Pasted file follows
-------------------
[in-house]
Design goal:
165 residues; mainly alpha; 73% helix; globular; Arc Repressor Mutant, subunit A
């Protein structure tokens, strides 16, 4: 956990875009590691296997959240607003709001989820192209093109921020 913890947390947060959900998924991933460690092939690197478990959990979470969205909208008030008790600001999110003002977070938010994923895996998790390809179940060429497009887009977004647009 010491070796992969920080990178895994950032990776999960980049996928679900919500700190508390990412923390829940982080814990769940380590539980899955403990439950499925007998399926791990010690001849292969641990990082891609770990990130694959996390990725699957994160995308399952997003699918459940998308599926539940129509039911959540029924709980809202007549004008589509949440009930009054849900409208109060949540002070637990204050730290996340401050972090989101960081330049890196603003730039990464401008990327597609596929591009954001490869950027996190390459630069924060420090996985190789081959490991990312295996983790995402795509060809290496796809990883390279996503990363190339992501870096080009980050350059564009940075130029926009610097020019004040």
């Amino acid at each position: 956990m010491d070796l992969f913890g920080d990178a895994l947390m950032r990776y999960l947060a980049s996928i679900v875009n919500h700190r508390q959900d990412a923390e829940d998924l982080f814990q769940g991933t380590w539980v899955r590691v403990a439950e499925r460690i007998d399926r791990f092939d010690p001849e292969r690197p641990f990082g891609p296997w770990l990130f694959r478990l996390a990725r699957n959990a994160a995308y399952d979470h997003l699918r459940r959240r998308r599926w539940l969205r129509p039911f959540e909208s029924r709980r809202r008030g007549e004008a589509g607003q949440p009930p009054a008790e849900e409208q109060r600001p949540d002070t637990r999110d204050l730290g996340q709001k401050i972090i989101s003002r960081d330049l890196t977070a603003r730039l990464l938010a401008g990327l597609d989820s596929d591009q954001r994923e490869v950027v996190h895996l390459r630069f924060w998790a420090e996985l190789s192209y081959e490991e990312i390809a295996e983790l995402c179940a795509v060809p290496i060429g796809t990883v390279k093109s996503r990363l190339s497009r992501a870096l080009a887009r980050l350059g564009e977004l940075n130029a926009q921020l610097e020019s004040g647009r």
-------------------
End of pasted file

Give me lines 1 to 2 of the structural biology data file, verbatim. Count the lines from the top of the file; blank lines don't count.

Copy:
[in-house]
Design goal: